Analytical and Bioanalytical Chemistry

, Volume 405, Issue 18, pp 6077–6085 | Cite as

Acebutolol and alprenolol metabolism predictions: comparative study of electrochemical and cytochrome P450-catalyzed reactions using liquid chromatography coupled to high-resolution mass spectrometry

  • Ugo Bussy
  • Marcel Delaforge
  • Chaimaâ El-Bekkali
  • Véronique Ferchaud-Roucher
  • Michel Krempf
  • Illa Tea
  • Nicolas Galland
  • Denis Jacquemin
  • Mohammed BoujtitaEmail author
Research Paper


A comparative study of the electrochemical conversion and the biotransformation performed by the cytochrome P450 (CYP450) obtained by rat liver microsomes has been achieved to elucidate the oxidation mechanism of both acebutolol and alprenolol. For this purpose, a wide range of reactions such as N-dealkylation, O-dealkoxylation, aromatic hydroxylation, benzyl hydroxylation, alkyl hydroxylation, and aromatic hydroxylation have been examined in this study, and their mechanisms have been compared. Most of the results of the electrochemical oxidation have been found to be in accordance with those obtained by incubating acebutolol and alprenolol in the presence of CYP450, i.e., N-dealkylation, benzyl hydroxylation, and O-dealkoxylation reactions catalyzed by liver microsomes were found to be predicted by the electrochemical oxidation. The difficulty for the electrochemical process to mimic both aromatic and alkyl hydroxylation reactions has also been discussed, and the hypothesis for the absence of aromatic hydroxylated and alkyl hydroxylated products, respectively, for alprenolol and acebutolol, under the anodic oxidation has been supported by theoretical calculation. The present study highlights the potential and limitation of coupling of electrochemistry–liquid chromatography–high-resolution mass spectrometry for the study of phase I and phase II reactions of acebutolol and alprenolol.


The electrochemical conversion versus the biotransformation catalyzed by CYP450


EC-MS EC-LC-HRMS CYP450 Drug metabolism prediction β-Blockers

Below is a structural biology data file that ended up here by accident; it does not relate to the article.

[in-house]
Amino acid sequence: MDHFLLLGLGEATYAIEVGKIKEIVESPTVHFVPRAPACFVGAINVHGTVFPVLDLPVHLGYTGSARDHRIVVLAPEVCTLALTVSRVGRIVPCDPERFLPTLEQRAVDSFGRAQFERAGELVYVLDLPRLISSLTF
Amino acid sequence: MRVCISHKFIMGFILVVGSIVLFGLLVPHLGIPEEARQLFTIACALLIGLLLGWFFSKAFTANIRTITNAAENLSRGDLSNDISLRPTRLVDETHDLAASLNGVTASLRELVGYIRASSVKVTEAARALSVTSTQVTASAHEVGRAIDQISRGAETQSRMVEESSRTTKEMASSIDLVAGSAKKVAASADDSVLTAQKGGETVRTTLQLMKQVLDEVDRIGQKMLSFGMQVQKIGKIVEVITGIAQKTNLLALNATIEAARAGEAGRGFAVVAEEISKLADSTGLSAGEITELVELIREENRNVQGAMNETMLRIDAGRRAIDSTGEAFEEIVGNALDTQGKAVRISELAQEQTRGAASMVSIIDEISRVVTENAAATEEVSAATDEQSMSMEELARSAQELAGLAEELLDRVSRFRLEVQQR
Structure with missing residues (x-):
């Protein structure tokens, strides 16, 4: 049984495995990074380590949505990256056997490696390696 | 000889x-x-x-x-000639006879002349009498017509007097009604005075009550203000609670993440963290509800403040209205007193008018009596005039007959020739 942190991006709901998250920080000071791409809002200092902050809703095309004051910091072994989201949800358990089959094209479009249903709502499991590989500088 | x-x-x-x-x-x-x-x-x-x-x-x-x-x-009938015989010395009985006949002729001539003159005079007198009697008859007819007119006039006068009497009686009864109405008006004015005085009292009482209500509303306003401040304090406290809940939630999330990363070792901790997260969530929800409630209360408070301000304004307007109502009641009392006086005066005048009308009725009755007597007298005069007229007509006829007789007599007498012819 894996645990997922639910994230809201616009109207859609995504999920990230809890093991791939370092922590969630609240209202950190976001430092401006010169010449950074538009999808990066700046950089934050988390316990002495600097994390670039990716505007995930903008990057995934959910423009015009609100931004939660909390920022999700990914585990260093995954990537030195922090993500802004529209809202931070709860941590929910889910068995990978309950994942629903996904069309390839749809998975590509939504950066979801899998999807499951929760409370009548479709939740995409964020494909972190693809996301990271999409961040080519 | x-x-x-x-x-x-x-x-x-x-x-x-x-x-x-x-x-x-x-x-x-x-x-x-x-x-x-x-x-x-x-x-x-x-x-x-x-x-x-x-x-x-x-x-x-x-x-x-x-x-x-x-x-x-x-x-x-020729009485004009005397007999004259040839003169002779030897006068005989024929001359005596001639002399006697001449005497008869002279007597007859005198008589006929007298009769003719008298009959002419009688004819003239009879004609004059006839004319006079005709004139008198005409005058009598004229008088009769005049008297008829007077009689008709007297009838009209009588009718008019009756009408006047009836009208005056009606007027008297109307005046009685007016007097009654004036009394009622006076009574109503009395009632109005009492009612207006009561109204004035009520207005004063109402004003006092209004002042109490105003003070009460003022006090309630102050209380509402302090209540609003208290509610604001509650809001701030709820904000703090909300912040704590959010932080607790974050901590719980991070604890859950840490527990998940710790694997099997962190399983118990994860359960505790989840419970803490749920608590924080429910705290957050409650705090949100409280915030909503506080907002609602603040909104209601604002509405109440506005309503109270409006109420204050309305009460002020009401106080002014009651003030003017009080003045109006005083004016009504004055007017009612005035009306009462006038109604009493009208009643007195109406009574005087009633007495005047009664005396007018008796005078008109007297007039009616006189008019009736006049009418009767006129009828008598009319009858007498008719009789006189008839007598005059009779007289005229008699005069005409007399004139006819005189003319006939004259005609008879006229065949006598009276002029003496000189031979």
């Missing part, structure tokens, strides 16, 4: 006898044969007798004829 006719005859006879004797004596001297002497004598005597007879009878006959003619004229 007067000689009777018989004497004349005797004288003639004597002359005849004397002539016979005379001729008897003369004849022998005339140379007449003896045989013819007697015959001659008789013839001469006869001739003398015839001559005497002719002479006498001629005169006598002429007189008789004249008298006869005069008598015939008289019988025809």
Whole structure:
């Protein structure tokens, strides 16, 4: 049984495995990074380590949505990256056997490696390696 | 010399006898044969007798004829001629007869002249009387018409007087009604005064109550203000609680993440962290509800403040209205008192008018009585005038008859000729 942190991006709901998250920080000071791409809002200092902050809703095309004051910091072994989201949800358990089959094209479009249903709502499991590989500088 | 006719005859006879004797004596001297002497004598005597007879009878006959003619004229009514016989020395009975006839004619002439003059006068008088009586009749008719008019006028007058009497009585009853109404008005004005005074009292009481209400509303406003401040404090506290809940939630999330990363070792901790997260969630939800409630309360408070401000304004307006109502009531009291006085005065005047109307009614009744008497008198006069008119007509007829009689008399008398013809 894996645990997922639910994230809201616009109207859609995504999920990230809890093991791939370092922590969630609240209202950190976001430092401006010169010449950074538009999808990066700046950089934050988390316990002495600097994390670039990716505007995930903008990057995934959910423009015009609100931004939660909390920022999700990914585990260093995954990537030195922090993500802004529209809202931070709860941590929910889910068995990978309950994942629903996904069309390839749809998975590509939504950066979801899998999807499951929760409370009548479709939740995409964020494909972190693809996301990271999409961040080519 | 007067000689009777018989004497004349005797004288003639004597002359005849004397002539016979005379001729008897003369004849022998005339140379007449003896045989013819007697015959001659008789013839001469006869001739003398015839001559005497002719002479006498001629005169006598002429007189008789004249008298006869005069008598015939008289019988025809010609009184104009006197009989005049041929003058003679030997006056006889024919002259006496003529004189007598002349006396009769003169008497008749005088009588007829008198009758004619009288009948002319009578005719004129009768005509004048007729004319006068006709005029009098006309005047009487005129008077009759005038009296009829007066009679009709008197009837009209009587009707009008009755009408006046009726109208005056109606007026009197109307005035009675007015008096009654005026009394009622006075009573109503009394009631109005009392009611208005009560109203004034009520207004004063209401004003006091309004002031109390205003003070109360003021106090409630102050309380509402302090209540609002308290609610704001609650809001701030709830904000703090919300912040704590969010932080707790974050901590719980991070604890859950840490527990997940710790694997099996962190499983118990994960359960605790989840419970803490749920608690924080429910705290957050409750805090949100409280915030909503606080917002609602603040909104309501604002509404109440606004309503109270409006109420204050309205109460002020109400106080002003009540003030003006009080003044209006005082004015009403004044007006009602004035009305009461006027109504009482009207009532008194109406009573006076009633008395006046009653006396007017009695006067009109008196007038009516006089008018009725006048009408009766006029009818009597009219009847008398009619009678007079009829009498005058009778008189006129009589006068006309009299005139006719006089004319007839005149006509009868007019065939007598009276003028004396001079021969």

The authors thank CNRS, the University of Nantes, and the French Ministry of Higher Education and Research for financial support. D.J. acknowledges the European Research Council (ERC) and the Région des Pays de la Loire for financial support in the framework of a Starting Grant (Marches–278845) and a recrutement sur poste stratégique, respectively. This research used resources of (1) the GENCI-CINES/IDRIS (grant c2012085117), (2) Centre de Calcul Intensif des Pays de Loire (CCIPL), and (3) a local Troy cluster.

Supplementary material

216_2013_7050_MOESM1_ESM.pdf (539 kb)
ESM 1 (PDF 539 kb)


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Copyright information

© Springer-Verlag Berlin Heidelberg 2013

Authors and Affiliations

  • Ugo Bussy
    • 1
  • Marcel Delaforge
    • 2
  • Chaimaâ El-Bekkali
    • 1
  • Véronique Ferchaud-Roucher
    • 3
  • Michel Krempf
    • 3
  • Illa Tea
    • 1
  • Nicolas Galland
    • 1
  • Denis Jacquemin
    • 1
    • 4
  • Mohammed Boujtita
    • 1
    Email author
  1. 1.LUNAM Université de Nantes, CNRS, Chimie et Interdisciplinarité: Synthèse, Analyse et Modélisation (CEISAM)UMR 6230Nantes cedex 3France
  2. 2.CEA, Bioenergetics, Structural Biology and Mechanisms UnitCNRS UMR 8221Gif-Sur-Yvette CedexFrance
  3. 3.Université de Nantes, Human Nutrition Research Center of Nantes, Plateforme Spectrométrie de Masse, IRS-UNNantesFrance
  4. 4.Institut Universitaire de FranceParis Cedex 5France

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